4. Kwarteng may scrap banker bonus cap

The new chancellor might scrap the cap on bankers’ bonuses as a symbol of his new “Big Bang 2.0” approach to City regulations after Brexit. People close to Kwasi Kwarteng said that he wanted to scrap the cap, which limits annual payouts to twice a banker’s salary, that was introduced by EU legislation in 2014, reported the FT. When the idea was suggested in the summer, Sir Keir Starmer, the Labour leader, described it as “pay rises for bankers, pay cuts for district nurses”.

Kwasi Kwarteng: the free-market radical chancellor

5. Zelenskyy in car accident

Ukrainian President Volodymyr Zelenskyy has been involved in a car accident. In a short statement, his spokesman said a passenger car collided with the presidential vehicle and his escort in the capital Kyiv. “The president was examined by a doctor, no serious injuries were found,” said Sergii Nykyforov. Meanwhile, officials in a southern city have urged residents to evacuate, saying a Russian missile hit on a major reservoir dam is causing flooding. Up to 22 streets in two districts of Kryvyi Rih are at risk, city head Oleksandr Vilkul warned.

How will the Ukraine war end?

6. Swedish PM to stand down

Sweden’s PM says she will stand aside after her government was narrowly defeated in Sunday’s election. With 99% of the votes counted, Magdalena Andersson’s centre-left coalition looks set to lose to a bloc of right-wing parties, 176 seats to 173. Moderate Party leader Ulf Kristersson is now expected to form a government, with a bloc that includes the Sweden Democrats, a far-right party. “Now the work begins to make Sweden good again,” the Sweden Democrats leader, Jimmie Åkesson, wrote on Facebook.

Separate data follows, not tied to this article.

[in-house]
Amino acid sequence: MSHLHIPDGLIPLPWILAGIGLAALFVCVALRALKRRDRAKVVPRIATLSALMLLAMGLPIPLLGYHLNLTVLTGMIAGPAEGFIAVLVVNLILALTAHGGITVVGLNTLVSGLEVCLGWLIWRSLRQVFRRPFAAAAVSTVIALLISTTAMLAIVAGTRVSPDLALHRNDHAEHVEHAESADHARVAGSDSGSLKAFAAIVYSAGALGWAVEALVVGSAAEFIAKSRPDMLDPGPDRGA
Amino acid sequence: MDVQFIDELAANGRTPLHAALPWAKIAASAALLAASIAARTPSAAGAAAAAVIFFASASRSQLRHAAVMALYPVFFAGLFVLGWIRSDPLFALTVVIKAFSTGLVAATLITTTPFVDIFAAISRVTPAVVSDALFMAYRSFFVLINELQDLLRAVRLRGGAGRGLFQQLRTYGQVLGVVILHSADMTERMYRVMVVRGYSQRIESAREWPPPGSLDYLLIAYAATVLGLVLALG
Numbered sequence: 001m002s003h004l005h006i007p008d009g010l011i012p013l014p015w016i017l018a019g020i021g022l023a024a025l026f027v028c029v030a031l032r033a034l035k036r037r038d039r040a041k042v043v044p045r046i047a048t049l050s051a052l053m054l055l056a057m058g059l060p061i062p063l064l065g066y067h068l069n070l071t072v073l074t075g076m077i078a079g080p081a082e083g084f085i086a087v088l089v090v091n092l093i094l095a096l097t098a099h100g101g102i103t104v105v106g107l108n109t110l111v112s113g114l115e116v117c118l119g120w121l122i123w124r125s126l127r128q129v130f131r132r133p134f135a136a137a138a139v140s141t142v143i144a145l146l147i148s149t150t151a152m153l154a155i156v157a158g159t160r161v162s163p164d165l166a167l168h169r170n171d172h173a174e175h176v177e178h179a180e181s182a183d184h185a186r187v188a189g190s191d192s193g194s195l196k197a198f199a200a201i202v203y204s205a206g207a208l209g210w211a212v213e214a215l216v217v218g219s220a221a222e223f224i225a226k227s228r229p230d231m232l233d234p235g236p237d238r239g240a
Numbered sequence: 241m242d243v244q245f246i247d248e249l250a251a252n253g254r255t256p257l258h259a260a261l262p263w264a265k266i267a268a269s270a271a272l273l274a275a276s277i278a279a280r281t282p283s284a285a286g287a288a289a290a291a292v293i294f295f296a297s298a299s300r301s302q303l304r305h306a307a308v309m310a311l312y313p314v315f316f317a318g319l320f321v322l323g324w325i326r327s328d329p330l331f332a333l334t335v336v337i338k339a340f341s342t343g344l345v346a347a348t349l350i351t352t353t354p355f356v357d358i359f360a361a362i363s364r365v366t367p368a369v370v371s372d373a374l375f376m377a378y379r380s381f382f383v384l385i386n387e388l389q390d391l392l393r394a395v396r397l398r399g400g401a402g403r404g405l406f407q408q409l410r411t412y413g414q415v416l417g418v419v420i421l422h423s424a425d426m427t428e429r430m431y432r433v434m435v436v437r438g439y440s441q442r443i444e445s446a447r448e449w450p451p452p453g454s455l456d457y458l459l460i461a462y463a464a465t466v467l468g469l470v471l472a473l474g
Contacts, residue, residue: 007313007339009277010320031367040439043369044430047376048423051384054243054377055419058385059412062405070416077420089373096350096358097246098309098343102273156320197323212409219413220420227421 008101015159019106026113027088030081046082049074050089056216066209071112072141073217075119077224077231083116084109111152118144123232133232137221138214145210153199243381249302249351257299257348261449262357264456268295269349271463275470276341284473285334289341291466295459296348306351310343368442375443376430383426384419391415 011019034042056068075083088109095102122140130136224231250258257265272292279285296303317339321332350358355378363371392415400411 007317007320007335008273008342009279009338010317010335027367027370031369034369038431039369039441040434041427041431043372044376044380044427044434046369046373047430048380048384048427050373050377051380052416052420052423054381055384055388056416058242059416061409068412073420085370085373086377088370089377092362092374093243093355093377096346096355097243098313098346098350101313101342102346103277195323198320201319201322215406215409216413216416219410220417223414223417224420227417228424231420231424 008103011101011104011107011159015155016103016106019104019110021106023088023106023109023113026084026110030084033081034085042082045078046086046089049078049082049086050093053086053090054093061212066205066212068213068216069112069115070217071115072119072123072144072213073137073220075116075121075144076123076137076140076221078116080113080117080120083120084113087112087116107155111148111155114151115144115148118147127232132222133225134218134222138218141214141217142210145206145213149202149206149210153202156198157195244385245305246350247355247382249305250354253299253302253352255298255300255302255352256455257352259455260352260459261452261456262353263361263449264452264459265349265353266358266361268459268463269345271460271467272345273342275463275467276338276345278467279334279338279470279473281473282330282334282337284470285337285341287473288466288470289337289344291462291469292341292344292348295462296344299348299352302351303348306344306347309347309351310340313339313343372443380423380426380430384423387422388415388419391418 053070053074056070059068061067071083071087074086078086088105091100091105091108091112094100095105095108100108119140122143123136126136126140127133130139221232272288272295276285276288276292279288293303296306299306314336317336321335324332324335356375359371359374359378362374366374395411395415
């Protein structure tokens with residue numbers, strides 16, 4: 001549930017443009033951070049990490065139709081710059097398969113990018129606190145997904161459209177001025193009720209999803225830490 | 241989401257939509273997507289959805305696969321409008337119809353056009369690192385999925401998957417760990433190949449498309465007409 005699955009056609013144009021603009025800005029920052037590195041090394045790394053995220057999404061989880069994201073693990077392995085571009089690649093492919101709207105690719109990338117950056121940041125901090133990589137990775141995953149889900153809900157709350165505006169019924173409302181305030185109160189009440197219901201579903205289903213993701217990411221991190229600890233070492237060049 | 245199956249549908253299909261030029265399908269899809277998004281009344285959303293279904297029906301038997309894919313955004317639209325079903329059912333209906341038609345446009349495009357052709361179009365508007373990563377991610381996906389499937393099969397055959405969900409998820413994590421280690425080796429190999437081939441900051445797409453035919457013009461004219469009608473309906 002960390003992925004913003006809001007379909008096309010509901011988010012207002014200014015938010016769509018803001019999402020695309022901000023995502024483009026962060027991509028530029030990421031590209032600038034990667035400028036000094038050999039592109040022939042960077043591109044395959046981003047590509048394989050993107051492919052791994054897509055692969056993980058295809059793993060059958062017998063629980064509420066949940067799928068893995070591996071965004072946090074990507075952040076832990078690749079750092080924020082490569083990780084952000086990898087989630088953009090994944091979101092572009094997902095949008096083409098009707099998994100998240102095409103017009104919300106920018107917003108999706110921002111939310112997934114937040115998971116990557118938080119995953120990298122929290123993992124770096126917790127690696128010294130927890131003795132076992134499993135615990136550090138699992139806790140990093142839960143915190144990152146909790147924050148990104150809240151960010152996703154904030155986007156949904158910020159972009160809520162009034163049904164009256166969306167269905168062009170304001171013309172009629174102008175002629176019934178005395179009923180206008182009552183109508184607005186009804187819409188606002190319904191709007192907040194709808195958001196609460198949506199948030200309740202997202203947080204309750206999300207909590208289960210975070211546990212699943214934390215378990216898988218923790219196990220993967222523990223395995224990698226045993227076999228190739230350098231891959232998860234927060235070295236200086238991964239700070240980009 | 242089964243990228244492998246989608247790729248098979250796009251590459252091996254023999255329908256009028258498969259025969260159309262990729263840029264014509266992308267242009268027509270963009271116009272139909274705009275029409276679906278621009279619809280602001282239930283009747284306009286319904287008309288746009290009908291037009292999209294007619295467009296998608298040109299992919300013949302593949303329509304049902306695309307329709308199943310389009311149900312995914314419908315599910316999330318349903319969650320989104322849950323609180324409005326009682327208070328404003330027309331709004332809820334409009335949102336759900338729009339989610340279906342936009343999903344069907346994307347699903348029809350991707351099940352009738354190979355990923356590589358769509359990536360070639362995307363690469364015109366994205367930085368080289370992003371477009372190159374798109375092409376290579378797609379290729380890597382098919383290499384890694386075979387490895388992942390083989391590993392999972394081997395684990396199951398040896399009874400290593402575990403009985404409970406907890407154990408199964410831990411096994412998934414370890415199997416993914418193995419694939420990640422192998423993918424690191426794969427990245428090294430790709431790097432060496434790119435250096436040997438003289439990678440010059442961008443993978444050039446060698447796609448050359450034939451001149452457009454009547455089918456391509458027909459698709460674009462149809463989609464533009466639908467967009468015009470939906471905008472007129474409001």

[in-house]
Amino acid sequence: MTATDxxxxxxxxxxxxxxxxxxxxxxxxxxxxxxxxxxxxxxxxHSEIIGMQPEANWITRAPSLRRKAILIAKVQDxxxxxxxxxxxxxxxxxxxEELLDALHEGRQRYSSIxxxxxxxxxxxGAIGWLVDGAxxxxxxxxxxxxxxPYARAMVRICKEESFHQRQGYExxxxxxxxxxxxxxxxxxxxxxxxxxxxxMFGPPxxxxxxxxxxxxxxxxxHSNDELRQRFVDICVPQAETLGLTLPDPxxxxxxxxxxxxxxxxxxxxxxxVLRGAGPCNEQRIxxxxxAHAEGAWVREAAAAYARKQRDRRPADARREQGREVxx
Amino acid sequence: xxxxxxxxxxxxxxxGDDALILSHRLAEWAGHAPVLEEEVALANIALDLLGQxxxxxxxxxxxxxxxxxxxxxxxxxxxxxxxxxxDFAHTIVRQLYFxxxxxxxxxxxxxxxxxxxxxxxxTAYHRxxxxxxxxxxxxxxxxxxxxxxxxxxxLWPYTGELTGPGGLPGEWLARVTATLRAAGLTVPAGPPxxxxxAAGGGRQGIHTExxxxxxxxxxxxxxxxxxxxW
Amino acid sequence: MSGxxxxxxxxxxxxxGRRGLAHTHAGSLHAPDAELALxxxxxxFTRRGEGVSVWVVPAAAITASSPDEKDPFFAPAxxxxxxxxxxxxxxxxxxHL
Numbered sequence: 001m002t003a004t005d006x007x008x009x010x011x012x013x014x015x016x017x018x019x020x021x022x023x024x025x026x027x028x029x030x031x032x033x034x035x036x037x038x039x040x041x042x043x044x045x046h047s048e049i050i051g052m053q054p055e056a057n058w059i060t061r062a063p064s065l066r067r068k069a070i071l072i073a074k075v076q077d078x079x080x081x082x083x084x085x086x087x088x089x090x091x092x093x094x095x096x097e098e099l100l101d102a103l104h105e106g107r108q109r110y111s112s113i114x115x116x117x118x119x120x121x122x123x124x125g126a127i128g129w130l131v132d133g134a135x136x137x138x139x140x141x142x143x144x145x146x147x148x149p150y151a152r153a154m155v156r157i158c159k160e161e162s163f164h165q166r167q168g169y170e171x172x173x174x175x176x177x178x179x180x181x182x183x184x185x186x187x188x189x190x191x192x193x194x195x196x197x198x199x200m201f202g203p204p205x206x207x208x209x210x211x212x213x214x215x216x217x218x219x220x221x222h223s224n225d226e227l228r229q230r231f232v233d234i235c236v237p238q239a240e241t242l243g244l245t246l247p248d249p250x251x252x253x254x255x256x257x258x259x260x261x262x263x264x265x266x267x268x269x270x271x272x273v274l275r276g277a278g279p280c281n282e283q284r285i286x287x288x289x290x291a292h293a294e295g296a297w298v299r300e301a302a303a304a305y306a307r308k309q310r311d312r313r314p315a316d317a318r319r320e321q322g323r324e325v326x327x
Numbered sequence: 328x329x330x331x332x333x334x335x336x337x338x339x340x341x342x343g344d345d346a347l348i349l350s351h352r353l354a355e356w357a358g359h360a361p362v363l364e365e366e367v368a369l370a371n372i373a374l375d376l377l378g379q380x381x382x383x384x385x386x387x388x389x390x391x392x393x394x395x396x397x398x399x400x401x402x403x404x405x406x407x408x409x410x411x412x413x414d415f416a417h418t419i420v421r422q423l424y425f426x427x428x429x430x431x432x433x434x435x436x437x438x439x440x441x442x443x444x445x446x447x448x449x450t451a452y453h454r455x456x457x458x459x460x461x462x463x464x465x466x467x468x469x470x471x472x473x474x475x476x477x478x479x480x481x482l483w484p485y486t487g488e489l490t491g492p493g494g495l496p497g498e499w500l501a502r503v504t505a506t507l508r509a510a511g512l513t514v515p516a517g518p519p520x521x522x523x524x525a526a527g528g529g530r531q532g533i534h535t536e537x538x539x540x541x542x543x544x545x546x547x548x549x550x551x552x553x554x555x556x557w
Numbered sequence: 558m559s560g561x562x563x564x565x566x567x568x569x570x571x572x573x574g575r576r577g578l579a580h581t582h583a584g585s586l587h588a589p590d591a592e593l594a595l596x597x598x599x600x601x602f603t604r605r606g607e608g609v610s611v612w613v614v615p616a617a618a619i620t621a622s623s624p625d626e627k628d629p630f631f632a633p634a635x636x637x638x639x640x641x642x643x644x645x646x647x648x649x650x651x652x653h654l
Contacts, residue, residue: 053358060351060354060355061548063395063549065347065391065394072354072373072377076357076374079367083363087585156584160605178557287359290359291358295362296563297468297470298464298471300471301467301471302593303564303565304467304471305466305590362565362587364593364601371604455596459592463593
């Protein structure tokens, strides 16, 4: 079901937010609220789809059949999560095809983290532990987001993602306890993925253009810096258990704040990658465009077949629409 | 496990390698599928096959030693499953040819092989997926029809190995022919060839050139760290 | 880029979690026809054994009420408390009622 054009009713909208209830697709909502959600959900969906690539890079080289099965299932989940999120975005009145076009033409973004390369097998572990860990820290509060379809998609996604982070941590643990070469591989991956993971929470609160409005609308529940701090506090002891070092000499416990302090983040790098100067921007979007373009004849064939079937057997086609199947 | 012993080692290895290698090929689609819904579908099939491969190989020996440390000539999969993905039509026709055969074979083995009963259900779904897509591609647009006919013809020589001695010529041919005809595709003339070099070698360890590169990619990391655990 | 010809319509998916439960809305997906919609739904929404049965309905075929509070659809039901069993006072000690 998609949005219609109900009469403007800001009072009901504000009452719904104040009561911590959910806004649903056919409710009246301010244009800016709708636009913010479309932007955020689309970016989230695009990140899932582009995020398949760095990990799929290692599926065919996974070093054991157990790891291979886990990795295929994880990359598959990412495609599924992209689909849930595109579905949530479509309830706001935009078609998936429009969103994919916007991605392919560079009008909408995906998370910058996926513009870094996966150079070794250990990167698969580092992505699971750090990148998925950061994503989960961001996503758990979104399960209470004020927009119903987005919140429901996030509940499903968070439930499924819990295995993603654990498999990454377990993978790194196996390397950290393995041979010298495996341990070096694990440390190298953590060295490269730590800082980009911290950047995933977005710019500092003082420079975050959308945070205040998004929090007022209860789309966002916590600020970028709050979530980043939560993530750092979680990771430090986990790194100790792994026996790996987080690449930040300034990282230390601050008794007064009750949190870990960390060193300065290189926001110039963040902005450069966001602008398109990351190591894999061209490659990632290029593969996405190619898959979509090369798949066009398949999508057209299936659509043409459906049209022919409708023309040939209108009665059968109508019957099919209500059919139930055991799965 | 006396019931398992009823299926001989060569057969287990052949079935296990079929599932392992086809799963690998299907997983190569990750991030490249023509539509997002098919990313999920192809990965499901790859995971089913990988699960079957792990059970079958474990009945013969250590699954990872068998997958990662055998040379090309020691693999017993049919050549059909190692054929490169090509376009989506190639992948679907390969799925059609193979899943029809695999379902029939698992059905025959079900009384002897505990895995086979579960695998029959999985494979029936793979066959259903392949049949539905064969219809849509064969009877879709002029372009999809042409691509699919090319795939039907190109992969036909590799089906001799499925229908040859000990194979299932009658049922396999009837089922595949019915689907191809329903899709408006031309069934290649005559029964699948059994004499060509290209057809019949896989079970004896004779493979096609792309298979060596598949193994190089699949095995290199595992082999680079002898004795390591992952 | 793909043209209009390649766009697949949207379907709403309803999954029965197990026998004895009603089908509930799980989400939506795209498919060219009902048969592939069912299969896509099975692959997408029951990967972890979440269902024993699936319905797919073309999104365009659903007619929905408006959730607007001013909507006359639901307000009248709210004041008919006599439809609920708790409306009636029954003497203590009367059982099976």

Far-right nationalists shake up Swedish election

7. Dangers of doctor burnout revealed

Doctors suffering from burnout are twice as likely to be involved in incidents where patients’ safety is compromised, a major study has found. The report, published in the British Medical Journal, also found that burnt-out medics are much more likely to consider quitting, regret choosing medicine as their career, be dissatisfied with their job and receive low satisfaction scores from patients. A team of British and Greek researchers analysed 170 previous observational studies based on the views and experience of 239,246 doctors in countries across the globe.